Ultimately, the literature indicates that the current state of disaster funding for wildfires is in disarray, as recently exemplified by President G.W. Bush’s efforts with Healthy Forest Initiative. The system is too centralized at the federal level, leading to minimal focus on fire prevention and ineffective methods of suppression and, arguably, unfair regional allocations of funds. The issue, now, lies in determining the best approach to wildfire prevention and management. It’s possible that the Stafford Act, which gives the President absolute authority in disaster situations, is flawed and needs to be reconstructed to prevent misinformed, biased, federal agencies and political actors from exacerbating the wildfire funding epidemic.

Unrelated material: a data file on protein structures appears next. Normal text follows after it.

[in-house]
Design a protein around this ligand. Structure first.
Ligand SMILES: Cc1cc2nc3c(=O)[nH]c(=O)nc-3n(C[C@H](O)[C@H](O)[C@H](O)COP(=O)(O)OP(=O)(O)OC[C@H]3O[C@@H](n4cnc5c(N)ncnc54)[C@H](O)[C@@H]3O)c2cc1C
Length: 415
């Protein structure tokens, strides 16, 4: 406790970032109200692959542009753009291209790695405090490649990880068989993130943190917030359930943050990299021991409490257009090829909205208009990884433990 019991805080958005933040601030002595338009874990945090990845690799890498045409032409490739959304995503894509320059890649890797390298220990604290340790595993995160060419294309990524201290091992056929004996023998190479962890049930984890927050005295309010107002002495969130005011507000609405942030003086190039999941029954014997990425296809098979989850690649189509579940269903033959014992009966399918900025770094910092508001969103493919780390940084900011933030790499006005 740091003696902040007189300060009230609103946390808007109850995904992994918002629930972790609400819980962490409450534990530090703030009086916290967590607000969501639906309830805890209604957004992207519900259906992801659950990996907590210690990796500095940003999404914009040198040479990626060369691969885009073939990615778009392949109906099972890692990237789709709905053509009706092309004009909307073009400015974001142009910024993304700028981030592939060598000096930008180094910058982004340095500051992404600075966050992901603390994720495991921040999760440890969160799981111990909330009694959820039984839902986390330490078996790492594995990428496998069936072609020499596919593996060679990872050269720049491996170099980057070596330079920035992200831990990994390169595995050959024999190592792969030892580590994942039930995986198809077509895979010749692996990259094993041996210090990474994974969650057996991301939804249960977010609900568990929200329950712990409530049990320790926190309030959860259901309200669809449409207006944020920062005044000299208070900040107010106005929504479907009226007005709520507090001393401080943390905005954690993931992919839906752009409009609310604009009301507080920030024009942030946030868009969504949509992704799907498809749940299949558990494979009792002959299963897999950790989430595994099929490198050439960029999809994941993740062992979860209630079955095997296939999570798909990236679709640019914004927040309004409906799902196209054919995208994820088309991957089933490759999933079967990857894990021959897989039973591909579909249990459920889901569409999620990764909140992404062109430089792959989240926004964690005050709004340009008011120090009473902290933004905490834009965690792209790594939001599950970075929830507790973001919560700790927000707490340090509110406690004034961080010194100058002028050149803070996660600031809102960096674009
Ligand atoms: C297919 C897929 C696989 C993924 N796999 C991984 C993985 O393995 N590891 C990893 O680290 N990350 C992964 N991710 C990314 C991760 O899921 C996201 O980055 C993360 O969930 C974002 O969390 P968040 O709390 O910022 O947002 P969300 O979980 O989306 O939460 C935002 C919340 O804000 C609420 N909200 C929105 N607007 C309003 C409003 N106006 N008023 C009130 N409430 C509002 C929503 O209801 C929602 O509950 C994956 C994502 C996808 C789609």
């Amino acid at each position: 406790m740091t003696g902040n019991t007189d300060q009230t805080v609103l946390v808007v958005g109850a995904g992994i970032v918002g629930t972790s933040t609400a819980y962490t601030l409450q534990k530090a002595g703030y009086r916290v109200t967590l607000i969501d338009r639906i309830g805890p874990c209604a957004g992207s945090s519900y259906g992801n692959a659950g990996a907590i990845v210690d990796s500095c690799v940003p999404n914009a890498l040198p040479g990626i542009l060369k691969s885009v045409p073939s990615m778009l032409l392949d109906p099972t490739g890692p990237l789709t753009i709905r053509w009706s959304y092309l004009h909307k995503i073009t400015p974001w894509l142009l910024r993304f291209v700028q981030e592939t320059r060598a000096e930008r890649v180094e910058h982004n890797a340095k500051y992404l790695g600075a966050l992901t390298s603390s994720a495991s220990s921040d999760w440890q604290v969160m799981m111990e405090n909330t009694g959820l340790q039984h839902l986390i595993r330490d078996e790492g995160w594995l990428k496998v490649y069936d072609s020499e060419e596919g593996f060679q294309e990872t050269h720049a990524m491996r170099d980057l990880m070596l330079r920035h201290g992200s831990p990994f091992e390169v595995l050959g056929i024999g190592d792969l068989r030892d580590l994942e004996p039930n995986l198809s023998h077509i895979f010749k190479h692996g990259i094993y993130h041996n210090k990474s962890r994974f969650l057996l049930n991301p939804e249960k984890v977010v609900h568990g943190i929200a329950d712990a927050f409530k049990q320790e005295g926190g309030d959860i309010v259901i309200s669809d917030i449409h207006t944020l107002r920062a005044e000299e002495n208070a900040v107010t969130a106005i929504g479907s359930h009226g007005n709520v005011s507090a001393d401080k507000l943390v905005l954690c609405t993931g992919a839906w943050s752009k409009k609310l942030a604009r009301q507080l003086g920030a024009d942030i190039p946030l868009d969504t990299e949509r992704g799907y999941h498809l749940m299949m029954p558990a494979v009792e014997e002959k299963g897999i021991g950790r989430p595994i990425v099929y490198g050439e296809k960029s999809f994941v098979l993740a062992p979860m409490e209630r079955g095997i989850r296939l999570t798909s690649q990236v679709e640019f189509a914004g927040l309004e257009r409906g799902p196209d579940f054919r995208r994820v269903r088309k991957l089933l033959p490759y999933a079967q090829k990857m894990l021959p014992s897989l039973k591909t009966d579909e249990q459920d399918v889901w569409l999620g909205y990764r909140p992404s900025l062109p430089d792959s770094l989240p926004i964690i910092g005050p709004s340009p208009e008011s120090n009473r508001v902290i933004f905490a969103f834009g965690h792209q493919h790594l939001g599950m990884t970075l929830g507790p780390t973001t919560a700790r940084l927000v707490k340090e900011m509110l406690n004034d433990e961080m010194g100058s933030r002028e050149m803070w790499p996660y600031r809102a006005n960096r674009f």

Abrams, Jesse B. et al. 2015. “Re-Envisioning Community-Wildfire Relations in the U.S. West as Adaptive Governance.” Ecology and Society 20(3). (February 9, 2018).

Bea, Keith. 2010. Federal Stafford Act Disaster Assistance: Presidential Declarations, Eligible Activities, and Funding. Library Of Congress Washington DC Congressional Research Service. (February 9, 2018).

Calkin, David E., Matthew P. Thompson, and Mark A. Finney. 2015. “Negative Consequences of Positive Feedbacks in US Wildfire Management.” Forest Ecosystems; Beijing 2(1): 1–10.

Charnley, Susan et al. 2015. “A Burning Problem: Social Dynamics of Disaster Risk Reduction through Wildfire Mitigation.” Human Organization 74(4): 329–40.